# Is it possible to know which is the correct temperature range and speed for any model?

Trying to print a 3D model for my mobile phone, but I see that when printing the sides, being thin, increases the retraction and the recoil seems a little abrupt and makes a coarse sound.

I would like to know if it is possible to know what speed and temperature is recommended to print a model.

In my case I use Simplify3D, and when I'm going to save the file in .gcode format, I see that there are some ranges shown in colors, how does this apply to the models?

The first indication for print speed and temperature should be taken from the box the filament comes in. Generally it specifies temperature ranges for the hotend and the heated bed. Sometime, mostly online, more parameters can be found amongst which is the printing speed.

Do note that temperature and printing speed are linked, if you want to print faster you should increase the temperature. But, if you are printing small or thin things you should print slower so that the part cools enough for the next layer. Basically, part cooling is then also important, but not all filament types (e.g. the ones with a high melt temperature like ABS or PETG) like being cooled too much. So you have another parameter to consider.

It is difficult to instruct you to print at a certain speed and certain temperatures as it is highly depending on the filament (e.g. also the filament diameter), the machine type/make and model, extruder setup (direct or Bowden), the print, enclosure, etc.

Because of the many parameters affecting printing, it is usually suggested to calibrate the printer by printing a temperature tower or performing retraction tests to find the print window for your specific setup.

• Thanks for your answer, my filaments mostly have temperature rangue between 180 °C - 220 °C (356 F - 428 F), and the speed 50 mm/s - 100 mm/s. My Printir is Core XY DIY, have a bowden extruder, the extruder is E3D V6. I was investigate and make question, and some recommended to me layer fan, what you think? I am using PLA Glow in the dark. The brands of my filaments is Amolen. – Pedro Miguel Pimienta Morales May 1 '19 at 19:52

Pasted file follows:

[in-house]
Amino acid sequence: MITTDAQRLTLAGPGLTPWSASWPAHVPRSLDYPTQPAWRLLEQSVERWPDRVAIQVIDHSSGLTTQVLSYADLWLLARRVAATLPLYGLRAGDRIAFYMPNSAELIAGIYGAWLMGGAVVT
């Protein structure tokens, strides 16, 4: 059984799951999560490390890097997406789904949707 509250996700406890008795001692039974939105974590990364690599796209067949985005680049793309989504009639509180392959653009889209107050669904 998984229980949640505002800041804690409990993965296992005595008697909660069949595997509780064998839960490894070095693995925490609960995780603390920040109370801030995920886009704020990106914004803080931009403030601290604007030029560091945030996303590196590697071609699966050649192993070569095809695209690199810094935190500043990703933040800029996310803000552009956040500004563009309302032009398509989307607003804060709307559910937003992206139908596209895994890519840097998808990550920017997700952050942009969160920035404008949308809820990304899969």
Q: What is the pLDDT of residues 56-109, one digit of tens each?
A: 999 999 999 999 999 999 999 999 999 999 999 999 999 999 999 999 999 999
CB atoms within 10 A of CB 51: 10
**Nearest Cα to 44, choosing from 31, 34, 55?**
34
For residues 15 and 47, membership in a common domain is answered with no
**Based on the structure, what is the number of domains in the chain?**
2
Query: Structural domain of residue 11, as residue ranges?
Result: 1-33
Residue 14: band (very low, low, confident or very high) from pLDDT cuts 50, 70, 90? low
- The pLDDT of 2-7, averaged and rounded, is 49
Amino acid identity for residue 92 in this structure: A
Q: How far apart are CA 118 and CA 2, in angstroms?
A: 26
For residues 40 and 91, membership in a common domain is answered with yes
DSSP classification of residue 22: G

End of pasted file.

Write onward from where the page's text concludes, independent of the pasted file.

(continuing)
• Note that most dye's used for glow in the dark require a hardened nozzle. You probably have PLA, this print perfectly at about 195-200 °C at about 60 mm/s, you can increase the temp range to 210-220 °C if you want to print up to 100 mm/s. Print some tests, e.g. heat towers at different speeds to find out what works best for you. – 0scar May 1 '19 at 20:15
• But, if use 210 - 220 °C range, and the 60 mm/s, this will be the opposite the teory, when the temperature is high, the speed too, obvious this is directy proportional?, well i have to practice with the some tower and how separate process with simplify, o what software you recommended for this? – Pedro Miguel Pimienta Morales May 1 '19 at 20:24
• 3dSimplify calculates according area, infill and borders vs your settings, but you can override with higher values. The calculated values were taken by some testing which developers made before releasing his software, new version has new parameters to improve your printings. Of course you can calculate your owns. – Fernando Baltazar May 2 '19 at 20:05

So as someone else on here mention, those settings shouldn't be for the model but for the filament. Sadly, you will need to test 99% of filaments to really figure this out. I have a modify tester, and on the description it tells you how to set your temp. https://www.thingiverse.com/thing:3347967

You can look at the remix if you want to grab the blank model and put your own numbers on it. It should be noted that things like water in the filament can mess with how the filament reacts to speed and temp. If you have questionable prints coming out of a filament that sat there for a long time. You can easily run it through the test to figure out the temp.

Anything else I could add is would just repeat what most of 0scar said.

• a different filament in this is "a different combination of manufacturer, color and plastic type" – Trish May 8 '19 at 13:26